Opportunities in Community Action

April 17, 2002
Bottom Line Energy Issues - April 2002 - Part 2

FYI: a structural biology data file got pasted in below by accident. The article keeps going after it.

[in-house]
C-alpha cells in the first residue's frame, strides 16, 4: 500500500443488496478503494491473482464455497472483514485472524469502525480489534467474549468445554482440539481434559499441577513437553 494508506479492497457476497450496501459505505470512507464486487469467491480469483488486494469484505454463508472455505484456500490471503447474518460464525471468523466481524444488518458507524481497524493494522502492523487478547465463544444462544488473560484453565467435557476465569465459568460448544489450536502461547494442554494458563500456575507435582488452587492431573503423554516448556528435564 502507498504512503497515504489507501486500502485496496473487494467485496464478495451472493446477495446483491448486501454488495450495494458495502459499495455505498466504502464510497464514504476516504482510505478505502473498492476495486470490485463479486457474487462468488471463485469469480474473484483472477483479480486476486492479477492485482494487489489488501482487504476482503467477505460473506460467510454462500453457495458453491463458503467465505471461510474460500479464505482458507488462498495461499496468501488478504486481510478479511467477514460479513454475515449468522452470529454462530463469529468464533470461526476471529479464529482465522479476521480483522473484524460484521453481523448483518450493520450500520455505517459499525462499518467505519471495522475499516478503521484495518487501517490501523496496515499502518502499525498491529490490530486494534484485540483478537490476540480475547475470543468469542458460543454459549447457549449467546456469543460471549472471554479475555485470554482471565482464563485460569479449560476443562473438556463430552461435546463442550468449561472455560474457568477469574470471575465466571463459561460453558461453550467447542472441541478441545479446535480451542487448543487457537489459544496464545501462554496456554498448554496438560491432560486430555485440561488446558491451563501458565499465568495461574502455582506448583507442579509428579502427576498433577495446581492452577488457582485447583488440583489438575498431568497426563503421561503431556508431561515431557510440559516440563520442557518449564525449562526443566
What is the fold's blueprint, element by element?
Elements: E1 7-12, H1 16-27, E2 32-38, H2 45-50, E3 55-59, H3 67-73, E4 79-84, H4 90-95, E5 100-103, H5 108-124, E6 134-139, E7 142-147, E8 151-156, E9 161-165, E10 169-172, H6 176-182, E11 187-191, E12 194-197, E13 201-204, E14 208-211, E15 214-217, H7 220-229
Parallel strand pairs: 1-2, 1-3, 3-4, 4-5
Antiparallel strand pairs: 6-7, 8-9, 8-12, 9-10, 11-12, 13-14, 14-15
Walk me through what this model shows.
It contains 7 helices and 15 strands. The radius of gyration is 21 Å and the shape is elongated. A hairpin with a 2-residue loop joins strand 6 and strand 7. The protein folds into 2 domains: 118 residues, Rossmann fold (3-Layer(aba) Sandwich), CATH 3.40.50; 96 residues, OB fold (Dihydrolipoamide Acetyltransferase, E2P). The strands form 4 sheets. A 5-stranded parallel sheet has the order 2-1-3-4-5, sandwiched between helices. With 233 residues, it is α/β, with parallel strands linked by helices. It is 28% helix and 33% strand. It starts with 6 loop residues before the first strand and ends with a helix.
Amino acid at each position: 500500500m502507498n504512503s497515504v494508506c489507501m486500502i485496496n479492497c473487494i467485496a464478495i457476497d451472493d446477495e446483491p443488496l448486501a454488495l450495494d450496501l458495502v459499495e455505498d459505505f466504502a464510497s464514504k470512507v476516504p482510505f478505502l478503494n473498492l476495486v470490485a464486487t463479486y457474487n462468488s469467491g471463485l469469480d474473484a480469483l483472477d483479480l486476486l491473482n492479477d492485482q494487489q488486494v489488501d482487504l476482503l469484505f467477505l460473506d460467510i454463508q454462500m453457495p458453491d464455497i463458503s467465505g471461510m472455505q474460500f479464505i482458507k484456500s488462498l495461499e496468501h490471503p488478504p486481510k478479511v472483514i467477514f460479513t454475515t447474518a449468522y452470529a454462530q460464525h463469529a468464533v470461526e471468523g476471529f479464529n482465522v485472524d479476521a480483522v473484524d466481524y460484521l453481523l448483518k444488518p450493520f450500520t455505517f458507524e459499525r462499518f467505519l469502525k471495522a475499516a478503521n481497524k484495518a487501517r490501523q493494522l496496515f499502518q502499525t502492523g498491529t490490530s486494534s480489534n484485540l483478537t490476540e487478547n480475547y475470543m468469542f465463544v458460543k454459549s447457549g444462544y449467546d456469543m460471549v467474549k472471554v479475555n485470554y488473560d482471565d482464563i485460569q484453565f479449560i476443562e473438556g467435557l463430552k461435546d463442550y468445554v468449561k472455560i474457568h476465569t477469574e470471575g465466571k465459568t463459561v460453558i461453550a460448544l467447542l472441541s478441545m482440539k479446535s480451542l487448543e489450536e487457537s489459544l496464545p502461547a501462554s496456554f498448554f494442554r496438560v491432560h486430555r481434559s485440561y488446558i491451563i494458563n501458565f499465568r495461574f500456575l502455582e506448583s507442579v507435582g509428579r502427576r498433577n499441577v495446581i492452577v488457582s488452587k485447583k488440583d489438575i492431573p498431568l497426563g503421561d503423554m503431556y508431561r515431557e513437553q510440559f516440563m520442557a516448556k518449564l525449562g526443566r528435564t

An interview with Carol Timms, Founder of EnergyNet. (http://www.energynet.net)Q. What is EnergyNet?A. EnergyNet is a standards-based, technology-enriched, energy education project for  students in grades 3-12. It teaches math and science concepts while combining student-run energy audits with teacher-led energy conservation curricula.Q. Why should building owners be involved?A. By sponsoring this program, they can help educate students to be energy-wise consumers, they can help influence energy modernization, and they can demonstrate benefits in energy career opportunities. Giving something like that back to the community cannot but help their bottom line.Q. How is the curriculum structured? A. The younger students  become “Energy Detectives,” who learn while solving “The Great Energy Caper.” They go into action by discovering, graphing, and comparing their school’s energy use and costs to other schools around the country; analyzing opportunities for energy savings; conducting online research; asking questions of “Secret Agent” experts; and developing, implementing, tracking, and reporting on their plans to increase energy awareness.The older students open an energy auditing business in their classroom, becoming energy consultants who learn and apply program content and skills. These students conduct physical, fiscal, and behavioral audits of their schools; interpret and graph data; research energy efficiency options online; persuade students and adults to change energy behaviors; present suggestions to their school board/administration; and track and report on their progress and success. A grant from the Illinois Clean Energy Community Foundation extends the curriculum to support two new programs: Community Energy Consultants  and EnergyNetsEnergy Engineers. The first program provides materials and processes that support energy audits of businesses and public buildings within the community; the second allows students to evaluate new school construction proposed for their districts.Q. What is the response from students and teachers? A. They get really excited and enjoy the results they produce. Having their energy recommendations accepted is really empowering. Also, they experience what it might be like to work in energy-related jobs. One of the key benefits to teachers is that students are motivated to learn. EnergyNet’s project-based approach allows kids to pick up the program and literally run with it. Self directed students free up the teachers’ time and energy for quality instruction and individual guidance. Educators call this contextual education.Q. What results can you point to, both in energy savings and student learning enhancement?A. Some of our success stories are posted on the EnergyNet website at www.energynet.net. Among the results are reduced energy costs for schools. Schools spent an average of $120 annually per student on energy. This is more than most schools spend for textbooks and computers. Students also have transferred their knowledge into local communities, completing energy audits for businesses, healthcare facilities, various public buildings, and even their own homes. The benefits to sponsors are obvious.Q. You mentioned sponsors. What is the connection between the business community and the schools?A.  In the majority of cases, schools receive EnergyNet materials through a scholarship from a sponsoring organization. The sponsor pays the $500-$1,500 membership fee and often offers advice—energy expertise and career information --  to the schools. Sponsors benefit from their relationships with the schools and can also benefit from the students’ energy expertise in the community. We welcome the opportunity to work with building owners throughout the country.They may contact me at [email protected].Note: Financial incentives for improving energy efficiency may have been curtailed by utilities in some areas, but opportunities still exist in several states that have mandated funding for conservation improvements. These states include Montana, Oregon, California, Arizona, Texas, all of New England, Pennsylvania, New Jersey and New York, Ohio, and Illinois and Michigan. Several organizations maintain World Wide Web sites that supply information on financial incentives. To see if your state is included, refer to the state energy office for contact information or consult with your utility provider. State energy offices are posted by the National Association of State Energy Offices, (http://www.naseo.org/links/states.htm).

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